Pro-Kurdish Peoples’ Democratic Party (HDP) deputy Altan Tan states Turkey’s failed foreign policy and Erdoğan’s dream of supreme presidency as the main factors behind the “chaos” Turkey has found itself in as it faces mounting terror.
The delicate balance in Turkey’s predominantly Kurdish southeast tipped over on Monday when an Islamic State of Iraq and the Levant (ISIL) suicide bomb killed 32 activists in Suruç who were heading to Syria to take part in the rebuilding of the Kurdish town of Kobani after the defeat and withdrawal of ISIL in March. This event sparked unprecedented and mixed activity in Turkey.
In response, the main Kurdish armed-and-outlawed group the Kurdistan Worker’s Party (PKK) has retaliated by killing police officers in a tumultuous week that has since featured thousands of detainments in counterterror raids and the bombing of ISIL locations in Syria and PKK camps in northern Iraq.
In his interview with Bugün daily, Altan Tan reiterates criticism of the government’s failure to tackle the problem of foreign fighters transiting over the country, on route to crossing into Syria and joining ISIL’s ranks. “The operations now being conducted against ISIL are a direct result of misguided policies which failed to take precautions and observe developments in a timely manner,” concludes Altan Tan, who sees the future outlook of the country heading towards a dark destination of uncertainty and war. He sees these developments as a foreign conspiracy perpetrated by “coalition forces, who plan to drag Turkey into war starting off from the southern provinces, spreading to the west.” He warns Turkey is heading to a direction “where there is no turning back,” adding that the country is becoming “ungovernable”.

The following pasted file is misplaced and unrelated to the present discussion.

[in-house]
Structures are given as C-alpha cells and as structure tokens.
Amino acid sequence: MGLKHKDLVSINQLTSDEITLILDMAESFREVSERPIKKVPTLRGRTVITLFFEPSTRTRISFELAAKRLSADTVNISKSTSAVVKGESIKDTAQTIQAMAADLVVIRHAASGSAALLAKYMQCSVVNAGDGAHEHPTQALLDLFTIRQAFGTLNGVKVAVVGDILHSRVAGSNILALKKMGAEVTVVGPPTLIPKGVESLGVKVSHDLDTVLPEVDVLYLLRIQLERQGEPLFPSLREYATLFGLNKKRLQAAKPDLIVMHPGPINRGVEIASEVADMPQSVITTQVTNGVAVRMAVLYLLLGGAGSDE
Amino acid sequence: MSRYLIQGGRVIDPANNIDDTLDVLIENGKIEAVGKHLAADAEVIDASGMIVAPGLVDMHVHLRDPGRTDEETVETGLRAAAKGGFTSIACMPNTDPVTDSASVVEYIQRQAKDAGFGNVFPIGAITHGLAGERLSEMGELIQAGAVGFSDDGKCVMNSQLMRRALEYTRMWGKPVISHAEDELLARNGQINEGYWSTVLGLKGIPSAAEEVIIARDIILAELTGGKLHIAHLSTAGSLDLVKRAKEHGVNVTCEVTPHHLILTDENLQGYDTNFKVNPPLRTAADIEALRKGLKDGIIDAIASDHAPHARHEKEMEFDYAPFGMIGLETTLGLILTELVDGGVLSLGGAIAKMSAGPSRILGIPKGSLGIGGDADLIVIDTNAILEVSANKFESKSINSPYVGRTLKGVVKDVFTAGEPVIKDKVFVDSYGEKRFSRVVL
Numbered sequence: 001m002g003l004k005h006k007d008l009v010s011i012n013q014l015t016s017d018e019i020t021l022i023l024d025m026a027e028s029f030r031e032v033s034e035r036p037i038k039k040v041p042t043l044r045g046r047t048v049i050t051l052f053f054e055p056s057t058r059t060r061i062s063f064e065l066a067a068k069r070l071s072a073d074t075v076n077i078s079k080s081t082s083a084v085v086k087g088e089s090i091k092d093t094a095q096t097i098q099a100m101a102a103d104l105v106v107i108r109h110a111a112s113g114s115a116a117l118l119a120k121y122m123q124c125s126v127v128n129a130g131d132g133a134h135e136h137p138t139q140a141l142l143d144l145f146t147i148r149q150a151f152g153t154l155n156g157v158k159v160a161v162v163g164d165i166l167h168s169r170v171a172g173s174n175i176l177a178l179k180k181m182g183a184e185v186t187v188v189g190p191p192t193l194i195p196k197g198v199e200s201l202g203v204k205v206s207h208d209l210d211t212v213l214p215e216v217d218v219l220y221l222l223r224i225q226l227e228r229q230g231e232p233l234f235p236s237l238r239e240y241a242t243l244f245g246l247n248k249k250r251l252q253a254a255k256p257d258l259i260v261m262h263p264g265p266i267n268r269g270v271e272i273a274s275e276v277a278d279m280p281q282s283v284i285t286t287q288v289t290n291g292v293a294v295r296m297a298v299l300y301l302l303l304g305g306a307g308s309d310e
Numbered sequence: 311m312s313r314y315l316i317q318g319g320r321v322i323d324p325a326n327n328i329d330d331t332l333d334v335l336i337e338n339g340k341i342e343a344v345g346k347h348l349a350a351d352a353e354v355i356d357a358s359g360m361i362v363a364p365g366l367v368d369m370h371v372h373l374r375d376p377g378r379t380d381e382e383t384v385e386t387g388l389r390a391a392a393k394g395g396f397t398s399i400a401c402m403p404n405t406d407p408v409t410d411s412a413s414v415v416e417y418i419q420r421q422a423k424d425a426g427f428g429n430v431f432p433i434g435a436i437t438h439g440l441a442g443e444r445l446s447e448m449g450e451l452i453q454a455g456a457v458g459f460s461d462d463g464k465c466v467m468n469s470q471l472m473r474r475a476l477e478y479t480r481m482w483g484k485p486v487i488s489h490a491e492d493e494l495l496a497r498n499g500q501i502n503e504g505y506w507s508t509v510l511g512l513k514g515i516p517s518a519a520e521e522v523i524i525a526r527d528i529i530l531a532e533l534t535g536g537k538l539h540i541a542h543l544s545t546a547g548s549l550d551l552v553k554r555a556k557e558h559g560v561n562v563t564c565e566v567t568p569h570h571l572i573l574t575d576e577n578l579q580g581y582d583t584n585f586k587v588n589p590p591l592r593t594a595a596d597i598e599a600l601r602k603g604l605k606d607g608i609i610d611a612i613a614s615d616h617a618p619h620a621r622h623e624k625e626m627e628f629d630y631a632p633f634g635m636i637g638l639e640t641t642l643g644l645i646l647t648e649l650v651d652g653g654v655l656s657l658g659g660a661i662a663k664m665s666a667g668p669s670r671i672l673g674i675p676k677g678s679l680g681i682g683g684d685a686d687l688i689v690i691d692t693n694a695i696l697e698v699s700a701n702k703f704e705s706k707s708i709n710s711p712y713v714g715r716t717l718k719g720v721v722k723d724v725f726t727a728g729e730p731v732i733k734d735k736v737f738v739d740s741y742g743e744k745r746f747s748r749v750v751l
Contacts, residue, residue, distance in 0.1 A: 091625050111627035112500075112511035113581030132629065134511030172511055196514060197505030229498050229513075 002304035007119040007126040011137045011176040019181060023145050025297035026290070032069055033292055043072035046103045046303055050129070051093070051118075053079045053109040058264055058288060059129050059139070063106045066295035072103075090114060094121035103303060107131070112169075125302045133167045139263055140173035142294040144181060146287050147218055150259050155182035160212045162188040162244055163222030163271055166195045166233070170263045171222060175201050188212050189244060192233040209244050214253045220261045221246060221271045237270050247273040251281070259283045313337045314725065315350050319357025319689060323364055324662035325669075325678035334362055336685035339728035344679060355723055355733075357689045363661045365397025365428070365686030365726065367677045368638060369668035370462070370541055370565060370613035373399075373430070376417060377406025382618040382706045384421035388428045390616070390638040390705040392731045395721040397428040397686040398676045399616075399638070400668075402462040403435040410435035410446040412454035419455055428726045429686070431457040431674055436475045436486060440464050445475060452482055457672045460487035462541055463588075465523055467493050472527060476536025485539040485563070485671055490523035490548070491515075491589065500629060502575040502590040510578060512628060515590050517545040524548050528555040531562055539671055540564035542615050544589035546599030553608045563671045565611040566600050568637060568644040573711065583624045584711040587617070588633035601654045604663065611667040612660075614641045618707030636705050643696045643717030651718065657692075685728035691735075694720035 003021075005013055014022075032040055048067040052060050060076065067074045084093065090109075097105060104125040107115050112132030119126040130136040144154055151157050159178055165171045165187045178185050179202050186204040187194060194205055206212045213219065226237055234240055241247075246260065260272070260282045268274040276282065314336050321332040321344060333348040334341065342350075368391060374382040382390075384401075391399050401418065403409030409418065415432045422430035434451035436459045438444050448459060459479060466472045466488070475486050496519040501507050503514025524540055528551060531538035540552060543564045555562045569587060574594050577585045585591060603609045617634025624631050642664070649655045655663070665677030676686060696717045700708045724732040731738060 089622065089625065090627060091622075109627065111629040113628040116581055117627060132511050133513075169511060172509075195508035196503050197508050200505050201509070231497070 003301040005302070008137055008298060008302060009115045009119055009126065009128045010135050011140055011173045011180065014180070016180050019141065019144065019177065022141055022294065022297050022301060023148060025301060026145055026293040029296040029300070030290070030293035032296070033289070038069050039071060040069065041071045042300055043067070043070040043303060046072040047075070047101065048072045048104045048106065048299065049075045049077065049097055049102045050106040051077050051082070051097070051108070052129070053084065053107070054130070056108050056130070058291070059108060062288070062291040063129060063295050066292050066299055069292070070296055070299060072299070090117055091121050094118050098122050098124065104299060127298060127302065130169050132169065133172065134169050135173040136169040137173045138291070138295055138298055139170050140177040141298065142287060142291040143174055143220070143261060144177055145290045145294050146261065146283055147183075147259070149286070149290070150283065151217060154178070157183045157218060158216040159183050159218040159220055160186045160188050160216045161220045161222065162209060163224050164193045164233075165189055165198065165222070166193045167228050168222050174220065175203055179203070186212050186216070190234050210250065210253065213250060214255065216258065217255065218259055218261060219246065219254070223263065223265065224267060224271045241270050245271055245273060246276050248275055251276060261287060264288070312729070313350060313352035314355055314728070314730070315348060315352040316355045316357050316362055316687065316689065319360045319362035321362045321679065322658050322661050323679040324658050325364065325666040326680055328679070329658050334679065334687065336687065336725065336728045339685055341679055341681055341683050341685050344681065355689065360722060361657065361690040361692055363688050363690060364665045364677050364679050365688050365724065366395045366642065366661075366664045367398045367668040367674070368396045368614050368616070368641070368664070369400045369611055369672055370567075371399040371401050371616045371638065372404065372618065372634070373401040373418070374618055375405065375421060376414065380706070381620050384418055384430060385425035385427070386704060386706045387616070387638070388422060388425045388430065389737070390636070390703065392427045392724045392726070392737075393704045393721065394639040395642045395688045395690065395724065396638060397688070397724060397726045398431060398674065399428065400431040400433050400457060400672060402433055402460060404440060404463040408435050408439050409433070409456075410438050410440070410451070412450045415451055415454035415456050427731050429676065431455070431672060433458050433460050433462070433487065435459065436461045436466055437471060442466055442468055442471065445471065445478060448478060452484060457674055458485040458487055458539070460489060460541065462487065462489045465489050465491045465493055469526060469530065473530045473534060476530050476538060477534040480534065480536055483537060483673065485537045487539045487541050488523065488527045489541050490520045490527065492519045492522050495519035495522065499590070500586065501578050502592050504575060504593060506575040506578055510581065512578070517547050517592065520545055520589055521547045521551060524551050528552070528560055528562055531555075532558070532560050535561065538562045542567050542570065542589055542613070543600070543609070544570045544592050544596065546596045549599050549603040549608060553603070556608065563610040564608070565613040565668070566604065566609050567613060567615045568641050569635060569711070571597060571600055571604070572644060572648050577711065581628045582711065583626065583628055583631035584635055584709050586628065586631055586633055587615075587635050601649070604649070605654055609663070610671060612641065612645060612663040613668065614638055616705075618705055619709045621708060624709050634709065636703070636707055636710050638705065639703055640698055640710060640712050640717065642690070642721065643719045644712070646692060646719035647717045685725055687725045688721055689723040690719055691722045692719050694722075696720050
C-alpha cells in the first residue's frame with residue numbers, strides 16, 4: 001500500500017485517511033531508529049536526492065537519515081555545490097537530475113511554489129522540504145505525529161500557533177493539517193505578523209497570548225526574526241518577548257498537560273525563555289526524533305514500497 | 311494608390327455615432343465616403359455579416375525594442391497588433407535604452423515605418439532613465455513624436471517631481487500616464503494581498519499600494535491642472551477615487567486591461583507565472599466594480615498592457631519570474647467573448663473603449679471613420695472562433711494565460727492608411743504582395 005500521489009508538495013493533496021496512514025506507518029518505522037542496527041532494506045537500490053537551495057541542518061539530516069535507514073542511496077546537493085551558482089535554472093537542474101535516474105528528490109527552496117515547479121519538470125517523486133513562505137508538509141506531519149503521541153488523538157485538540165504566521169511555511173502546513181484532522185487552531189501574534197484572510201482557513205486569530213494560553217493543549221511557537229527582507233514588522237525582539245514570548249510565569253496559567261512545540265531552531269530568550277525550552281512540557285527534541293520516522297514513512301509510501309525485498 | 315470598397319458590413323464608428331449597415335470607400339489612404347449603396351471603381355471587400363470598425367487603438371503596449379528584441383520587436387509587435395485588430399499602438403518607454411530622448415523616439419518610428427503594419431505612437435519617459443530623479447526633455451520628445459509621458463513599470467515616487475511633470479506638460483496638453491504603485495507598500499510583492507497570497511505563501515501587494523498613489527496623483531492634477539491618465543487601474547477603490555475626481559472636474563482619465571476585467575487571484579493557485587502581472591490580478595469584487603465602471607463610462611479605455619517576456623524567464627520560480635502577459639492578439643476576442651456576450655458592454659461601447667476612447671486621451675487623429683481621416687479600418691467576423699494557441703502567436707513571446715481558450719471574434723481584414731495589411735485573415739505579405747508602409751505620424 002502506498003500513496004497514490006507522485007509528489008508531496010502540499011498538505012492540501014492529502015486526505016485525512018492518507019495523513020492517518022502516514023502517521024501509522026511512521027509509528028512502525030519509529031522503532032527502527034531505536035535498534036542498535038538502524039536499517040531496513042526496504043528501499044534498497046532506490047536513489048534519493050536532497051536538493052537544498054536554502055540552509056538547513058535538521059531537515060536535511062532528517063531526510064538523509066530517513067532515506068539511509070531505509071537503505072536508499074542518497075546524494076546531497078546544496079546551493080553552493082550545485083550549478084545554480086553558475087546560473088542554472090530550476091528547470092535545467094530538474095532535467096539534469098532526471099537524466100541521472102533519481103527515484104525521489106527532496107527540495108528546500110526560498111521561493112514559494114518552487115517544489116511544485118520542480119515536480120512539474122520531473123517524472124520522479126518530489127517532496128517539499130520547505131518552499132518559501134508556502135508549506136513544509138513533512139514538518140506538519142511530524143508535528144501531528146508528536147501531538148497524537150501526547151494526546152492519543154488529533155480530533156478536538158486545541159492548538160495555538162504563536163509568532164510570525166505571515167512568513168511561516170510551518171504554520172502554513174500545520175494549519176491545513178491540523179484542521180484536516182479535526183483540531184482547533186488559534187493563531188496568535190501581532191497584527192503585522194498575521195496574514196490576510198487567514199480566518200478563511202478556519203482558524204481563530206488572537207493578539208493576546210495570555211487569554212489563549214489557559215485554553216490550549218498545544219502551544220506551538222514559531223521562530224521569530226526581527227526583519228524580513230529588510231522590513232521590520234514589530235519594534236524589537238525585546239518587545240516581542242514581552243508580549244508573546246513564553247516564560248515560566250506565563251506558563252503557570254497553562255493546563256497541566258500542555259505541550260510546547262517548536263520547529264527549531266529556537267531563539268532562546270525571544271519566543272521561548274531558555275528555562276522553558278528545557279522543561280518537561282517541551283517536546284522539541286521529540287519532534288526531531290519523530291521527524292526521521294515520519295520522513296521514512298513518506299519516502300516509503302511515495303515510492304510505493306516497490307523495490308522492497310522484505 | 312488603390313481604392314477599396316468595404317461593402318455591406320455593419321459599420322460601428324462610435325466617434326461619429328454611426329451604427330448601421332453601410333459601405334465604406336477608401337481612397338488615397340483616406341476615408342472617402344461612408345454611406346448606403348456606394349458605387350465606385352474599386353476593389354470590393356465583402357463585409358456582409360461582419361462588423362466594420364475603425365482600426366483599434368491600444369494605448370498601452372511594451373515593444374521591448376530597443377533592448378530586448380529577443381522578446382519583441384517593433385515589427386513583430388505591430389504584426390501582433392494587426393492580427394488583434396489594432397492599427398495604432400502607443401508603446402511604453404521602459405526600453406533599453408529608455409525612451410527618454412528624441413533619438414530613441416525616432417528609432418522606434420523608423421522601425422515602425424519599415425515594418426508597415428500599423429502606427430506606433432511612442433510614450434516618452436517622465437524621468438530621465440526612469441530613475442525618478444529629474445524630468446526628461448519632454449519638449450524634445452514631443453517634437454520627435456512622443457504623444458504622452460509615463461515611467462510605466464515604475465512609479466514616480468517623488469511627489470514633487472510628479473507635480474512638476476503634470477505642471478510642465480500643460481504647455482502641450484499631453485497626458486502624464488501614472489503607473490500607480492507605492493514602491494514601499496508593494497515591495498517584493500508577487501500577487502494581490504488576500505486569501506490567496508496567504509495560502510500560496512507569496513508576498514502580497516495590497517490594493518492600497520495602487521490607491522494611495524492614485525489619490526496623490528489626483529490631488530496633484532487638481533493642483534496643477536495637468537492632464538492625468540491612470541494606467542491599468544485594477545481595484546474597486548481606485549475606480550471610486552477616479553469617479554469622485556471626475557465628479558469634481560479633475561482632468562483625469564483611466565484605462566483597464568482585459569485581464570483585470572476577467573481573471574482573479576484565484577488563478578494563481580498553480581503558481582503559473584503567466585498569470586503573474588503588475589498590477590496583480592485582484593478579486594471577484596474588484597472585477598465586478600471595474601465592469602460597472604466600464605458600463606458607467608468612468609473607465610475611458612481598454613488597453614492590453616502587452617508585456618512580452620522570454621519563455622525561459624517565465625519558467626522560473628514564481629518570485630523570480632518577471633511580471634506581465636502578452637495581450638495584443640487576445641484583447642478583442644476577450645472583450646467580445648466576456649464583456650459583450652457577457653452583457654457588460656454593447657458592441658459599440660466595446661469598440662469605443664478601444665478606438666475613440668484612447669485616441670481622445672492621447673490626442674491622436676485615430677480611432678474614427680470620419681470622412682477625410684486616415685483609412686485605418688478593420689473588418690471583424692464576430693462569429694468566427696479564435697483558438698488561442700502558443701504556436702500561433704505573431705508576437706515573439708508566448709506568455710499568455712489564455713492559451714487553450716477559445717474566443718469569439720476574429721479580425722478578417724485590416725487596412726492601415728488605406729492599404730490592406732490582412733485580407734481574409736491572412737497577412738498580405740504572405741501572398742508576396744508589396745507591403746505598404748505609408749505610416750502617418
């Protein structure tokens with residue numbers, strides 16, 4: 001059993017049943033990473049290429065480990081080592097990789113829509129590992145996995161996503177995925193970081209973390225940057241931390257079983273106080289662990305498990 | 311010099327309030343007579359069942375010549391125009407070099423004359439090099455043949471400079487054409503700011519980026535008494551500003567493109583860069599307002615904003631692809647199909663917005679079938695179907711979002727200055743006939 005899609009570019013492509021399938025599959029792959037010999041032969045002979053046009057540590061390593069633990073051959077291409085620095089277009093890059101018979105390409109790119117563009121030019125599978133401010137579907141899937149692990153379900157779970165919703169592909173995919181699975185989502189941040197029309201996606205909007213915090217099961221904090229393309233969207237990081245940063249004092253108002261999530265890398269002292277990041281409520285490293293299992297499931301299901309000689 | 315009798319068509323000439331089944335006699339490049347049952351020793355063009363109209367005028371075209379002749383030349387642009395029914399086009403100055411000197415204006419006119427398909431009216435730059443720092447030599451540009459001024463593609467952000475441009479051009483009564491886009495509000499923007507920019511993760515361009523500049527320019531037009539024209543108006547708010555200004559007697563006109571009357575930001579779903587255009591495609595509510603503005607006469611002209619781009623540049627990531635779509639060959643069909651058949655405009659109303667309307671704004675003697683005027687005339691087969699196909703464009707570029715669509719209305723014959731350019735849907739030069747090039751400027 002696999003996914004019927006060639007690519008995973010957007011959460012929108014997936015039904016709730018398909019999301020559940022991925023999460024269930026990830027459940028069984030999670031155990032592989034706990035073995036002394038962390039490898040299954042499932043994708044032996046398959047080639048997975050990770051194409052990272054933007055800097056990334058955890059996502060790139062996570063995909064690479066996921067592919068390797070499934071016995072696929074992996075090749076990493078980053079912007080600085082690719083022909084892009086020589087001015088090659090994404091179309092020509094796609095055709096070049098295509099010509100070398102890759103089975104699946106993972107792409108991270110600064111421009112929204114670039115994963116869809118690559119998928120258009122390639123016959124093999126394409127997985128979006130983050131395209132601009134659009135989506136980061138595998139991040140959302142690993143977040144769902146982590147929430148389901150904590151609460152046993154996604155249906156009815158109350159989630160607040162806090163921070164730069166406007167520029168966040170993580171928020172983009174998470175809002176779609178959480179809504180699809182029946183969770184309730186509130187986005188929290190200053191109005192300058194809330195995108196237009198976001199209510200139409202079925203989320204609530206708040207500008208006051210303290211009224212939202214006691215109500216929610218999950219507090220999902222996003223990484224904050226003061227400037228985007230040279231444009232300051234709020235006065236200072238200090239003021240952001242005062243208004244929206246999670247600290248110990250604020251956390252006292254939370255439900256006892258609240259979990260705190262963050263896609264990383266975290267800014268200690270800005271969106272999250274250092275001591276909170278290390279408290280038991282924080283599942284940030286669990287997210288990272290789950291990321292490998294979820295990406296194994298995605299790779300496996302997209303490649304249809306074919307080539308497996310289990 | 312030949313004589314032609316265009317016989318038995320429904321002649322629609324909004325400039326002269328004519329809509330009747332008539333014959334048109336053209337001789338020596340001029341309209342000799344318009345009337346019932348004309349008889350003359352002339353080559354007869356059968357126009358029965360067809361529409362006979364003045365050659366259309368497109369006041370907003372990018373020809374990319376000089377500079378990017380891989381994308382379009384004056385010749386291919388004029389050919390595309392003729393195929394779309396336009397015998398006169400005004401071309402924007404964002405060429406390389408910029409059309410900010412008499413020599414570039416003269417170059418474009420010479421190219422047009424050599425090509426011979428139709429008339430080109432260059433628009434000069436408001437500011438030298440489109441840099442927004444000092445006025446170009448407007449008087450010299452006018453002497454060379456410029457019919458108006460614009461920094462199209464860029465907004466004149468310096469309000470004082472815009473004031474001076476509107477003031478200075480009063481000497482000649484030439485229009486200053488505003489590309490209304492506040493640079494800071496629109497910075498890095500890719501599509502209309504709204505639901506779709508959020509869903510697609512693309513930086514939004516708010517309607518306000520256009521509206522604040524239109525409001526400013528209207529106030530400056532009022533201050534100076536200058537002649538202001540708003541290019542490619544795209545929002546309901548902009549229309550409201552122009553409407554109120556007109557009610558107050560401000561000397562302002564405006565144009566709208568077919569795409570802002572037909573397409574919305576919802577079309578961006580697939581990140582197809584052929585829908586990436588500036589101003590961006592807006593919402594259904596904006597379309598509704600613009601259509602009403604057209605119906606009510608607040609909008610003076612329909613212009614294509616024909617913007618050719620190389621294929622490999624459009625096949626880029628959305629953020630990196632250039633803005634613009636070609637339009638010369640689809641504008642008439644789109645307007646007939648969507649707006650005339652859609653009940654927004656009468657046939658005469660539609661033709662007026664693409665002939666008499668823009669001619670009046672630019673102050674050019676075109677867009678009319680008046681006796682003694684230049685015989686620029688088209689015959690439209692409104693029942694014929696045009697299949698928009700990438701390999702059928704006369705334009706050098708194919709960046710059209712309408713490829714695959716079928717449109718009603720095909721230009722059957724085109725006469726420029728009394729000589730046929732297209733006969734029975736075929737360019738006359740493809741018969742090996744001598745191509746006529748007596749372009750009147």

Altan Tan also criticized the deadly attacks conducted by the PKK after Monday’s bombing, “The killing of police officers in Adıyaman, Diyarbakır and Ceylanpınar are not acceptable under any circumstance.”
The developments of the week have also by and large spelled the end of the shaky peace process launched by the AK Party government and Erdoğan in 2012, aiming to disarm the PKK whilst expanding the Kurdish minority’s democratic rights.
The process had already been given a major blow in run up to the June 7th general election with President Erdoğan backtracking on the process he so championed and spearheaded; instead saying that ‘Turkey had no Kurdish problem’. “Whether or not the PKK comes down from the mountain, the state needs to continue democratic reforms,” he noted, “Our wish is for the PKK to abandon its armed struggle within Turkey.”
The sudden turn of rhetoric by Erdoğan was viewed as a political move aimed at stopping the nationalist votes from drifting away from the AK party. In an election where Erdoğan hoped to have the AK party win 400 votes in order to implement a constitutional reform which would grant the presidency more powers, the result was a shock for the ruling party. The AK Party won only 258, not even enough to form a government on its own, and losing the single party rule which it had enjoyed for 13 years.
Tan believes that the events are a consequence of Erdoğan’s appetite for more power, “Turkish politics has been in chaos ever since Erdoğan has decided to pursue the wild notion of a new presidential system he had in his mind.”
The HDP deputy states that the Erdoğan and the AK Party are in a state of mind where they are willing to sacrifice all in order to retain power, “They are in fear that they would end up in jail, or will not be able to live in Turkey and would have to leave. This is their psychology.”